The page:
Acts 15:22-24 in Latin (left column) and Greek (right column) in Codex Laudianus, written about AD 550.
|Book||Acts of the Apostles|
|Bible part||New Testament|
|Order in the Bible part||5|
Acts 11 is the eleventh chapter of the Acts of the Apostles in the New Testament of the Christian Bible. It records that Saint Peter defends his visit to Cornelius in Caesarea and retells his vision prior to the meeting as well as the pouring of Holy Spirit during the meeting. The book containing this chapter is anonymous but early Christian tradition uniformly affirmed that Luke composed this book as well as the Gospel of Luke.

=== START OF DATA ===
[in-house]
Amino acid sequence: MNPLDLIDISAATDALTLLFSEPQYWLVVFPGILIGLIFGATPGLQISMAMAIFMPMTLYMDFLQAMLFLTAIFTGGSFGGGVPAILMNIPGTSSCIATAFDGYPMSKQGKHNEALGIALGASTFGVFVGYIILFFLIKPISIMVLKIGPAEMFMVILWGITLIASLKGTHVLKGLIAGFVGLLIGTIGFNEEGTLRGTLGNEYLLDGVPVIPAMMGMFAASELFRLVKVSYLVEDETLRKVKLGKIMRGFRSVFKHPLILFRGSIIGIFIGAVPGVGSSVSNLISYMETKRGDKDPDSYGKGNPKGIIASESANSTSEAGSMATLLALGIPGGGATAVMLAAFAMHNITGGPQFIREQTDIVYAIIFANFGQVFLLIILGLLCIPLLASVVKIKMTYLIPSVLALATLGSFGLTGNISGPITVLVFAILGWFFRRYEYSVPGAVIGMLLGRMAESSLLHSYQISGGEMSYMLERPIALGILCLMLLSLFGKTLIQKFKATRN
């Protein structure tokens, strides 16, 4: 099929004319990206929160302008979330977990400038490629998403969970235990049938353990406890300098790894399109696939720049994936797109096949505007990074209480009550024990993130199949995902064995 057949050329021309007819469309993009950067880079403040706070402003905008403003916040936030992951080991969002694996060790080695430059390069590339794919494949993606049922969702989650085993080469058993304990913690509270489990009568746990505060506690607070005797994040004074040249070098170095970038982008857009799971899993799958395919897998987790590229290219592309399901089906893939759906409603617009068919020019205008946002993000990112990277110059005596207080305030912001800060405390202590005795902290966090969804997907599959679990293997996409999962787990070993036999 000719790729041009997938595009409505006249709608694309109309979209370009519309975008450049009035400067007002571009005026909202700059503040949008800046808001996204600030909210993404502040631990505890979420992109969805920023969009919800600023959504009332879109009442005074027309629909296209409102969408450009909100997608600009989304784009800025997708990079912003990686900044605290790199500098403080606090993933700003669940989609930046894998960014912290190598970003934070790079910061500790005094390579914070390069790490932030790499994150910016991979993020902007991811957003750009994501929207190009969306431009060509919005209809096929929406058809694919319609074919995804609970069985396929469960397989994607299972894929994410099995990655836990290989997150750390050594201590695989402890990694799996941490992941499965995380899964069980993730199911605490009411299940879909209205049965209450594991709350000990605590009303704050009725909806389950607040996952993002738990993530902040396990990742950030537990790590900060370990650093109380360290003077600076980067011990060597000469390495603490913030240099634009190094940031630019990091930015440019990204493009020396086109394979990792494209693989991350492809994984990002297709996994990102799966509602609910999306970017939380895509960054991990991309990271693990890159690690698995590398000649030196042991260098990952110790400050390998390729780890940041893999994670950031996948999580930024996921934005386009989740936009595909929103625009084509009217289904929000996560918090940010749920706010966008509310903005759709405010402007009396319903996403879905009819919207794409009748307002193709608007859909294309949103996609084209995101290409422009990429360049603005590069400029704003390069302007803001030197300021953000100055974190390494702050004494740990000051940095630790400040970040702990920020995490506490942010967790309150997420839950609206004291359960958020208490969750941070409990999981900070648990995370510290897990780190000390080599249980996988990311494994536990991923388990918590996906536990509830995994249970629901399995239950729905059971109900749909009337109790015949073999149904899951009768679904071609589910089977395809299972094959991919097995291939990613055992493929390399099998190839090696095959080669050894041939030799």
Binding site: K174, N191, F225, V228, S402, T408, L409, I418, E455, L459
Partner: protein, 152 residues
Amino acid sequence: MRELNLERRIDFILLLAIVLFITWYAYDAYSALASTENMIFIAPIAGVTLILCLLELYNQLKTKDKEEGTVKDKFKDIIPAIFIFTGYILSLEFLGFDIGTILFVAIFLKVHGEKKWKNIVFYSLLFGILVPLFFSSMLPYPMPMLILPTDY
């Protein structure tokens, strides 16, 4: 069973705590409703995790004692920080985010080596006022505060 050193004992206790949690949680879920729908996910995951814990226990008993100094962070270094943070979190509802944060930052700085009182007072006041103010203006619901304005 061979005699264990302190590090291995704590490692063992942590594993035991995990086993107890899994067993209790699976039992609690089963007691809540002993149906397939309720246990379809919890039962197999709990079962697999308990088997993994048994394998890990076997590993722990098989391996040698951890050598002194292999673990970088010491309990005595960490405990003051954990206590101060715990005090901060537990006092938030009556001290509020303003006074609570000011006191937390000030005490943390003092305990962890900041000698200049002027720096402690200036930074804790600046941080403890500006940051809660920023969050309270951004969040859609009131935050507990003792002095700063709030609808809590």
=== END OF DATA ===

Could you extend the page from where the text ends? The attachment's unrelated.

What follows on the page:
This chapter mentions the following places:
This chapter can be grouped:
- [The man in Cornelius's vision said:] And when he (Barnabas) had found him (Saul or Paul of Tarsus), he brought him to Antioch. So it was that for a whole year they assembled with the church and taught a great many people.
- And the disciples were first called Christians in Antioch.